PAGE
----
20 Aug 2007 - Bruno Prior
Global coal production has increased by one-third in 3 years (and by over 50% since the turn of the millennium). Three-quarters of that increase is attributable to China.
Back in 1973, nearly three-quarters of the world's coal was produced in the OECD or the USSR. China accounted for less than 20%. We're producing nearly two-and-a-half times as much now globally, of which just over a third (35.3%) comes from the OECD and the former USSR. Nearly half (46.2%) of this much bigger total is produced in China.
And they're using pretty much all of it themselves. They export only 2.5% of their production. Their exports have actually declined in the past three years (from 93Mt to 63Mt), even as their production has rocketed (from 1,502Mt to 2,481Mt). And their imports have increased over the same period. At 37Mt/year, they are now the seventh-largest importer of coal in the world.
At this rate, all the coal in China will be gone in 46 years.* And that's if they stop adding to their consumption right now. As that graph indicates, they are showing little sign of slowing down. We know they are building a coal-fired power station (or two) a week. And they haven't stopped building factories either. If they carry on like this, they'll have used up their coal within 30 years. They'll have a massive infrastructure dependent on coal-burning whose costs have only partially been recovered, and will be dependent for fuel on imports at a scale that suppliers cannot begin to supply. Great plan!
But of course, this isn't purely for their own benefit. Whilst a decent share is going to internal development and consumption, a large share also goes to the production of (usually cheap and nasty) goods for exporting, much of it to the OECD. And despite dumping most of our energy-intensive production on the Chinese and importing many of the nick-nacks we either used to produce here or never realised we needed, we manage to carry on increasing the amount of energy we consume within our own border, and yet persuade ourselves that we are somehow virtuous because our direct energy-consumption and emissions are increasing less quickly than they otherwise might have done, and than they are doing in other parts of the world.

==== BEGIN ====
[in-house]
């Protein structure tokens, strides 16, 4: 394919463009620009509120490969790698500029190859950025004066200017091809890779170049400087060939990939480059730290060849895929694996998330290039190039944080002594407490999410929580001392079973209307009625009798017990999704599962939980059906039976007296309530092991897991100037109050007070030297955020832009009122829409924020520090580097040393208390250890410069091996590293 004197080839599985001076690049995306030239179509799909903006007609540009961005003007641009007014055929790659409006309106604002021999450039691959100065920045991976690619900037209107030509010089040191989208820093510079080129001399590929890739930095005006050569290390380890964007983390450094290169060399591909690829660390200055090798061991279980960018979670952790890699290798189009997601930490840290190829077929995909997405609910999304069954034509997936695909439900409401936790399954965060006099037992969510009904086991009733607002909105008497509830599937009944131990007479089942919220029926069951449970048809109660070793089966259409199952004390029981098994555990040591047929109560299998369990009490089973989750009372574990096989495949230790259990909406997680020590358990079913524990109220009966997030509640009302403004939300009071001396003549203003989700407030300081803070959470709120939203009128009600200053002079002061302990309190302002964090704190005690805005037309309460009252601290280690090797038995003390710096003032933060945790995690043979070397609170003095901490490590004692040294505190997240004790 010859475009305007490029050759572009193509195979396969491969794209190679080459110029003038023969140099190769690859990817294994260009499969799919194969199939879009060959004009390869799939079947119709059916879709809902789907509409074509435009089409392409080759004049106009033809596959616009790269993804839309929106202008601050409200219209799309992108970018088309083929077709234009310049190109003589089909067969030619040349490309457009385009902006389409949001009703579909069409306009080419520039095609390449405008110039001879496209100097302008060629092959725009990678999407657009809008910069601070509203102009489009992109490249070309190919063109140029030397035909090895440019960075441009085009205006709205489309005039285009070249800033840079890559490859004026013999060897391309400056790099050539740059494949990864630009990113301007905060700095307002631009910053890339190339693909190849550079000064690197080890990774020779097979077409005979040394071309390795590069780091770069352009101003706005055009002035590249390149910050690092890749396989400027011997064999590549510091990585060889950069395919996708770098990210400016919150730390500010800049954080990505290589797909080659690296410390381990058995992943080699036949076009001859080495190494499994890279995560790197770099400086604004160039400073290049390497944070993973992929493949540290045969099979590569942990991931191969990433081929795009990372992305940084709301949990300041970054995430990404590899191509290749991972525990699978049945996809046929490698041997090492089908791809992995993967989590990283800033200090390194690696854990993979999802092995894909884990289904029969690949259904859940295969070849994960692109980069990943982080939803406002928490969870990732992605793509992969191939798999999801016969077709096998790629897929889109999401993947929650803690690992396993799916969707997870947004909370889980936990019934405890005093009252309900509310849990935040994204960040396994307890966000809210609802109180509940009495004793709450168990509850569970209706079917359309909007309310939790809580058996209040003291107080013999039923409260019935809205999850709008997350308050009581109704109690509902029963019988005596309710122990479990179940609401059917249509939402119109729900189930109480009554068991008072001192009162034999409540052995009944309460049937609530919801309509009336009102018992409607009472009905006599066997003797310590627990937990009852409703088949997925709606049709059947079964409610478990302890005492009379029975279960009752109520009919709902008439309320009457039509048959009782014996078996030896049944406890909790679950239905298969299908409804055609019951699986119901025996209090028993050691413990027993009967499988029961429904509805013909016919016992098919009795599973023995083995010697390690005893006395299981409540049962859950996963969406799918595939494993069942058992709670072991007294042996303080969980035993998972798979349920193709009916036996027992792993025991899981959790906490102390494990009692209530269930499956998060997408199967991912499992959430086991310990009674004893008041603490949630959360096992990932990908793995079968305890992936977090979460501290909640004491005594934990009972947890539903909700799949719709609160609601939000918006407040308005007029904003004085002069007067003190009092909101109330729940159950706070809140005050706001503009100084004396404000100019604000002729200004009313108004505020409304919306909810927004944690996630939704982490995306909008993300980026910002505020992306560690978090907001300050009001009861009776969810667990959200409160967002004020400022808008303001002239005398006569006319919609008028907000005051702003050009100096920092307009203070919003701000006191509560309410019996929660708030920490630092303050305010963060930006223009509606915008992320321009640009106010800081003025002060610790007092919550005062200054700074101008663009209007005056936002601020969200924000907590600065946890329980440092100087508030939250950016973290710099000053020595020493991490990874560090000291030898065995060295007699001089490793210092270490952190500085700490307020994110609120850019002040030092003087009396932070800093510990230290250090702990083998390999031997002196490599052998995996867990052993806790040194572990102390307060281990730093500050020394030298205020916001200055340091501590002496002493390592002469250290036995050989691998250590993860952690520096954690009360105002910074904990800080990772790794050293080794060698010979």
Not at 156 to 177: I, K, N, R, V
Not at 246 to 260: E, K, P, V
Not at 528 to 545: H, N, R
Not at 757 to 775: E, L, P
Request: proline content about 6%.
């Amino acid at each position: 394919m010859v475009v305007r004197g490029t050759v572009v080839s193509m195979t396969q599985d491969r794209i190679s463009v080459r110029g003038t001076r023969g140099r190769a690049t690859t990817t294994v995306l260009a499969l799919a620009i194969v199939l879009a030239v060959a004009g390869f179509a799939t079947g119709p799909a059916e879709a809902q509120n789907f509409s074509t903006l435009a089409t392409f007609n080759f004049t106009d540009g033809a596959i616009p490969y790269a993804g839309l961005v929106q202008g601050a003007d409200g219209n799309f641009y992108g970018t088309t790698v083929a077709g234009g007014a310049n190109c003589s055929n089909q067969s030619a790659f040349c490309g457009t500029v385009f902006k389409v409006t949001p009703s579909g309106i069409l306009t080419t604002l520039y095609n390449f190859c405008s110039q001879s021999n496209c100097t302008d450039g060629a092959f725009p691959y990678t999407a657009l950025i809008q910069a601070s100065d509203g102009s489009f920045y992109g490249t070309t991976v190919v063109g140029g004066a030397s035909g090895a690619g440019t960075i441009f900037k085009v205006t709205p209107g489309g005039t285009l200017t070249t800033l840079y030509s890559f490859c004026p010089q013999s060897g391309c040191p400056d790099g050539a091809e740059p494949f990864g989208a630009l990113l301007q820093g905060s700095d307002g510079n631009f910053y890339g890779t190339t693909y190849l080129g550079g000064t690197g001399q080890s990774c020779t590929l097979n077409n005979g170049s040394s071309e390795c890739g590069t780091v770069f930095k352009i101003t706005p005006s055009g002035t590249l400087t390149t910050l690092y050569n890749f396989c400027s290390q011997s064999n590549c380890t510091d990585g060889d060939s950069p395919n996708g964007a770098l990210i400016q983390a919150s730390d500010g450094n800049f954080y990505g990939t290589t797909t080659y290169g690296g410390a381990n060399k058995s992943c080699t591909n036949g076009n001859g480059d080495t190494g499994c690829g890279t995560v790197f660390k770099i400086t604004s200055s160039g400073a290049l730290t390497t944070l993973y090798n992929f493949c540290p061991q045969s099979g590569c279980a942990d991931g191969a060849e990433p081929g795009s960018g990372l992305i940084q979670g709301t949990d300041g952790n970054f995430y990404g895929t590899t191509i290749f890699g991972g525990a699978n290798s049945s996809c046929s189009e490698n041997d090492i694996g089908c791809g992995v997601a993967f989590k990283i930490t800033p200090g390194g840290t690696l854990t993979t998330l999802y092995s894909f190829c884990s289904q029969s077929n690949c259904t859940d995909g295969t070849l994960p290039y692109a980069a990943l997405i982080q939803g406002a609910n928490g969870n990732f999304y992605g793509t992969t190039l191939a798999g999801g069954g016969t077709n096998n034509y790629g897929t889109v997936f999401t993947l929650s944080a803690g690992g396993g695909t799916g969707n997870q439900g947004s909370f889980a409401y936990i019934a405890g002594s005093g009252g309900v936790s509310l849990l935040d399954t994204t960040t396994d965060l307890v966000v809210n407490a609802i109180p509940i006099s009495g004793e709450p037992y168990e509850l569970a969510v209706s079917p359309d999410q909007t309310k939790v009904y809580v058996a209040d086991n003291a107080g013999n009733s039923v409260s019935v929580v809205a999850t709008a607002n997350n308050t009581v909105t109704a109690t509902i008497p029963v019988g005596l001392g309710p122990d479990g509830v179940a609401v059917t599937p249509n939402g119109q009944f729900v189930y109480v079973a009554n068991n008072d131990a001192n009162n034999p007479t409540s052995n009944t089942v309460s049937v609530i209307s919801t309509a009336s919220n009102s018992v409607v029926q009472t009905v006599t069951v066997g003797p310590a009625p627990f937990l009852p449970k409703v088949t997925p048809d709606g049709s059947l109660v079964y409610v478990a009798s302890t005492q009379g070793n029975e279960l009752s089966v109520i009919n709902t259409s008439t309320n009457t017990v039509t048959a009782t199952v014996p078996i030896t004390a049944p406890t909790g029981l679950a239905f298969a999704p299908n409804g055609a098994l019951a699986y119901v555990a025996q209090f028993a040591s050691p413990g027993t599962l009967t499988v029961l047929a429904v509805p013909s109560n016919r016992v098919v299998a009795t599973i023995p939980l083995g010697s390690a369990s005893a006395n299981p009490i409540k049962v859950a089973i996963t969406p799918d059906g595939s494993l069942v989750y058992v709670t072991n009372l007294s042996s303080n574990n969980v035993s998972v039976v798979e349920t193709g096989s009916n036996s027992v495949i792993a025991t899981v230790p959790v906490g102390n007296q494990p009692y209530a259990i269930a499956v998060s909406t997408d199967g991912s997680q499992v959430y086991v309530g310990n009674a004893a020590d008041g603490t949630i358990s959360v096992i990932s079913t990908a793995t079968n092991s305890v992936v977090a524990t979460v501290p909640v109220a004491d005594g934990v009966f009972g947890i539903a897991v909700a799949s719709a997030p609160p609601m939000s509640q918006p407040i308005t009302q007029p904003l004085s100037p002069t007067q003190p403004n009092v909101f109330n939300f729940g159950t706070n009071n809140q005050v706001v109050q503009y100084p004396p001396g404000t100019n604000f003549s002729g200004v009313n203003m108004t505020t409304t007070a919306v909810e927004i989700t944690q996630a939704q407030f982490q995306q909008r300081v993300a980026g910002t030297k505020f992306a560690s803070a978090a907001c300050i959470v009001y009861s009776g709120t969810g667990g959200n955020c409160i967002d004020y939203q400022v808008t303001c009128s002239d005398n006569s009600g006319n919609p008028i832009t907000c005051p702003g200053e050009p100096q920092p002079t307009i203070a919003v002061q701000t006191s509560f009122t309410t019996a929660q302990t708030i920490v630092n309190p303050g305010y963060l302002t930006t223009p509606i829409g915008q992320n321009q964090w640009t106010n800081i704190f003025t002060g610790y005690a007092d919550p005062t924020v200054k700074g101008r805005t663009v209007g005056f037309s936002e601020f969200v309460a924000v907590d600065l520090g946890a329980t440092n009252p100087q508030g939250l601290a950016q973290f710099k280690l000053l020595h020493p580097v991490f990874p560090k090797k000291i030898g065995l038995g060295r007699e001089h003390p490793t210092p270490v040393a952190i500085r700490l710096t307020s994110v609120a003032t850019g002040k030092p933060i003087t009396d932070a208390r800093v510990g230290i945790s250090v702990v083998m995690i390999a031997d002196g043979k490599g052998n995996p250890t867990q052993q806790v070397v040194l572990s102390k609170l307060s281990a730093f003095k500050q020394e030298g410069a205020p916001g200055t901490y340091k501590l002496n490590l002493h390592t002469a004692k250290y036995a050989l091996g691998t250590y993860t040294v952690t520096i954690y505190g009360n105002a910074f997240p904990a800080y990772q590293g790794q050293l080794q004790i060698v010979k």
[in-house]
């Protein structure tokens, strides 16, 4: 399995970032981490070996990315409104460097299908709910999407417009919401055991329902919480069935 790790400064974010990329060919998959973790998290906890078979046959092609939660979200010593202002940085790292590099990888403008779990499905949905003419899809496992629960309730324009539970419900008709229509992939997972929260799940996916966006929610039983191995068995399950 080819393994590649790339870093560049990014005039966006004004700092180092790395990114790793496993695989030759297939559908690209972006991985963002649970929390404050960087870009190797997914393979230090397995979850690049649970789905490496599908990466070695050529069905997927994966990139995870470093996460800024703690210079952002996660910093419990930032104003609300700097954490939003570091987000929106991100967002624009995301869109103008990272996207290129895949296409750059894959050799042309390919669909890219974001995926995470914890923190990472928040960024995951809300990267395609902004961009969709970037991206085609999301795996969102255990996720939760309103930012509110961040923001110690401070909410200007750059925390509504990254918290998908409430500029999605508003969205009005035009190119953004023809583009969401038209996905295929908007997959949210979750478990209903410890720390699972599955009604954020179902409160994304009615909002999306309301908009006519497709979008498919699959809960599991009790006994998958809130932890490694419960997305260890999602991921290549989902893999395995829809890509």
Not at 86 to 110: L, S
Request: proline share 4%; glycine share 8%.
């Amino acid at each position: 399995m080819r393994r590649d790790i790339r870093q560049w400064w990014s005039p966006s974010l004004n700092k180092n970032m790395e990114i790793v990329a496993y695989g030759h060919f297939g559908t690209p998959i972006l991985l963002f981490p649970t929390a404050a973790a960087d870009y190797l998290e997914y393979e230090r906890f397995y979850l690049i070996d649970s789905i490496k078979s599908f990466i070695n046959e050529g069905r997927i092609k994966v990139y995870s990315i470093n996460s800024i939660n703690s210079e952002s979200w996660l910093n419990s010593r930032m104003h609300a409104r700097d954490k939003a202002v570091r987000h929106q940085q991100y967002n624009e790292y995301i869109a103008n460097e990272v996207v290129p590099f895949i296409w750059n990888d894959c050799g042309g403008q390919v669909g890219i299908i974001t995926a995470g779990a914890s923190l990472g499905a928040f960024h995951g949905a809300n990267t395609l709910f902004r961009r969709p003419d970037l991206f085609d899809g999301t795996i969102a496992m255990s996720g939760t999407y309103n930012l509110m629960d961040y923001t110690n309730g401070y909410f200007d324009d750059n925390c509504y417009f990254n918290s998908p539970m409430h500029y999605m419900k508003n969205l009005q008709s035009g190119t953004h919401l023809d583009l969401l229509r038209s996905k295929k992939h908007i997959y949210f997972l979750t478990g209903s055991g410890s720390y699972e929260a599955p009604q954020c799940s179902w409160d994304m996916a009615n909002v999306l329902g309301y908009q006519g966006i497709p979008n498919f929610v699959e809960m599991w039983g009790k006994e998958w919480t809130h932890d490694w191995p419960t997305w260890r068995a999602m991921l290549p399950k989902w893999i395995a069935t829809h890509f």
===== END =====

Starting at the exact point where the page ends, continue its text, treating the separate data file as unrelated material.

So don't blame the Chinese - they are just responding rationally to the incentives. Why the hell we want to create incentives to do this, though, I can't imagine. Scrap Kyoto and EU-ETS now, before they do any more harm.
Graph and figures from the IEA's recently-published booklet, Key World Energy Statistics 2007 (and the earlier, 2004, version).
* Chinese reserves based on figures from the 2007 BP Statistical Review of World Energy. According to BP, despite the rampant extraction, Chinese reserves have not changed an iota between 2003 and 2006. Now, I can understand that additional discoveries or reclassification of previously uneconomic reserves may replace worked reserves, but so precisely that the figures are identical every year?! I think not. It appears that BP cannot get recent data on Chinese reserves, and are therefore sticking with the figures they've got. In which case, there is every likelihood that real reserves are lower than given in their latest publication, and they will run out sooner.